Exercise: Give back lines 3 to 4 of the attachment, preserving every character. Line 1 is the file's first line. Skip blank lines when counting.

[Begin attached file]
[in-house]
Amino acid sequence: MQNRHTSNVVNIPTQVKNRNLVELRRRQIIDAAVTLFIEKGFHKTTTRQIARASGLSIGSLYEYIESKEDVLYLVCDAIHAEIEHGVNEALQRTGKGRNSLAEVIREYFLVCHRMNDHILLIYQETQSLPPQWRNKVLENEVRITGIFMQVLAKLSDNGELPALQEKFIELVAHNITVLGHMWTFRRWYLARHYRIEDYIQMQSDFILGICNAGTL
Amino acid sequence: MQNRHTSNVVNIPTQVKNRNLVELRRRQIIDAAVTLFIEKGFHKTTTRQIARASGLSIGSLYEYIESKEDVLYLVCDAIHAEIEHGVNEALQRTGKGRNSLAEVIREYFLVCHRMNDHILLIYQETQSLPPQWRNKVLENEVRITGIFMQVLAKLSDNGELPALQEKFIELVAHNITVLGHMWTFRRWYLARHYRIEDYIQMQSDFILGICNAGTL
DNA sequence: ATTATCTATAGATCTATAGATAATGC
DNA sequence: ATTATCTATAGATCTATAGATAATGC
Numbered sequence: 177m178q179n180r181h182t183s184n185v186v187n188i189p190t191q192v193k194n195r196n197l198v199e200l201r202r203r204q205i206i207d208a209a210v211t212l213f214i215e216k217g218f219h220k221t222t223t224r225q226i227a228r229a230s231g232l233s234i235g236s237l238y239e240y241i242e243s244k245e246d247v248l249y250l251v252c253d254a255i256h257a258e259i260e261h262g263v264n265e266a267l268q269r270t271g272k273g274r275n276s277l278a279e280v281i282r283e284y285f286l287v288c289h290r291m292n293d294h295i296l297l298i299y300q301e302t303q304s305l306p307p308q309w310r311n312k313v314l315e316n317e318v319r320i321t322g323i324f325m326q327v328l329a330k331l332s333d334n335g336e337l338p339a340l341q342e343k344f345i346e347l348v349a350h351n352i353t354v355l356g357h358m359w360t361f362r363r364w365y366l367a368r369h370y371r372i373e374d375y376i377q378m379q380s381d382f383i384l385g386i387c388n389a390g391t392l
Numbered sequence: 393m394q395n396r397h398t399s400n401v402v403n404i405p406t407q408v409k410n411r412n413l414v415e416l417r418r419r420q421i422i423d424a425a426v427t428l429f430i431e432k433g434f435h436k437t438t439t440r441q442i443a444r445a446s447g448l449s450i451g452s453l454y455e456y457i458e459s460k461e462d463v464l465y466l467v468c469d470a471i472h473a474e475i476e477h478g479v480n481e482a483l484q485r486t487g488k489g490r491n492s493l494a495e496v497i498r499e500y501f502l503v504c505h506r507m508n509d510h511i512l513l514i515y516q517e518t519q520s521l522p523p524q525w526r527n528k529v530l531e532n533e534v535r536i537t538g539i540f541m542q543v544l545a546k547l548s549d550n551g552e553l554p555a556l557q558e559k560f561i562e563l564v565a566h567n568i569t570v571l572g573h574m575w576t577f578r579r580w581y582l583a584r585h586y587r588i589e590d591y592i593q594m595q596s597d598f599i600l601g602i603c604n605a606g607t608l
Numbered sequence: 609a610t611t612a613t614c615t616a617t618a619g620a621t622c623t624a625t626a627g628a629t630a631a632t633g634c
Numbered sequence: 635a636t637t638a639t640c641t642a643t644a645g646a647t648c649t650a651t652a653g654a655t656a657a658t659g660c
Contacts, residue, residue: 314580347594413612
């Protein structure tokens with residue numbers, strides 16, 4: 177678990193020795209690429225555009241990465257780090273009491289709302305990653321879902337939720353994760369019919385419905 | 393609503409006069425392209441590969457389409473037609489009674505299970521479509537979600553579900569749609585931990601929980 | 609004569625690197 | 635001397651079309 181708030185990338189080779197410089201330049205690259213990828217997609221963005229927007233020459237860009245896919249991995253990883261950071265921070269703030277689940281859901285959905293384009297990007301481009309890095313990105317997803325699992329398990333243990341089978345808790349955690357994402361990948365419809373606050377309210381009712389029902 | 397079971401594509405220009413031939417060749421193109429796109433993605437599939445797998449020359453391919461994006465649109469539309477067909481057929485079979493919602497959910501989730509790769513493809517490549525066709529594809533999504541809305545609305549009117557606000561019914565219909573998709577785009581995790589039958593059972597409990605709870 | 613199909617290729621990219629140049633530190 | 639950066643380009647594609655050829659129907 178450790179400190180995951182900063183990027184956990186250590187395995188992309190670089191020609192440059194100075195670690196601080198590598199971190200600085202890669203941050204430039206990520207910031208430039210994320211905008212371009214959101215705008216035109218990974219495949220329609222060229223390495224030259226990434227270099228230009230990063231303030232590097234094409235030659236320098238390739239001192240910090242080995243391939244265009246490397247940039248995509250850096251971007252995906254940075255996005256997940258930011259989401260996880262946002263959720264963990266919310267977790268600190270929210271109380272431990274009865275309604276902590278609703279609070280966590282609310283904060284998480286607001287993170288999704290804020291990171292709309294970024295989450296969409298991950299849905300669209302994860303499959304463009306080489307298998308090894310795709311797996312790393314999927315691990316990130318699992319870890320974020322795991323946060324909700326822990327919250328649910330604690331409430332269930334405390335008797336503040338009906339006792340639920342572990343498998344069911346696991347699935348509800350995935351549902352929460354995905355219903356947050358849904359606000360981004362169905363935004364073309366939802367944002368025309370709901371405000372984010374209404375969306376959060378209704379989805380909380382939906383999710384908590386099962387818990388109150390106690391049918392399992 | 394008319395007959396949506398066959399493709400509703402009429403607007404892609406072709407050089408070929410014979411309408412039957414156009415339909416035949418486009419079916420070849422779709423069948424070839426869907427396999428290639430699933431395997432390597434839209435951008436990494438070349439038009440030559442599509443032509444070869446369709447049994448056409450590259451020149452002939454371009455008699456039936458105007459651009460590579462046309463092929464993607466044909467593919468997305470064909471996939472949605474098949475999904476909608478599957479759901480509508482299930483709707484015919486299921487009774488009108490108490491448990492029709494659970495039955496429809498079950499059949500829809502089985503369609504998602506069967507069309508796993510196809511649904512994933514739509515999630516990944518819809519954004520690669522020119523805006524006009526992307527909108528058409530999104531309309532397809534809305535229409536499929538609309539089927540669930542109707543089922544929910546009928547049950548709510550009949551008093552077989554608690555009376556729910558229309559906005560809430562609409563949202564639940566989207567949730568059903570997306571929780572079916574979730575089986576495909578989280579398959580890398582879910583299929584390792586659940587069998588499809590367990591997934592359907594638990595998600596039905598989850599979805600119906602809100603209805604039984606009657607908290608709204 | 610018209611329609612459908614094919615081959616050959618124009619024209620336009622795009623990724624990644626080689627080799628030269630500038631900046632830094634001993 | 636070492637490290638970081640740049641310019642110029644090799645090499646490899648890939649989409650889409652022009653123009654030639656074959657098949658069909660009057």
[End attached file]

Amino acid sequence: MQNRHTSNVVNIPTQVKNRNLVELRRRQIIDAAVTLFIEKGFHKTTTRQIARASGLSIGSLYEYIESKEDVLYLVCDAIHAEIEHGVNEALQRTGKGRNSLAEVIREYFLVCHRMNDHILLIYQETQSLPPQWRNKVLENEVRITGIFMQVLAKLSDNGELPALQEKFIELVAHNITVLGHMWTFRRWYLARHYRIEDYIQMQSDFILGICNAGTL
DNA sequence: ATTATCTATAGATCTATAGATAATGC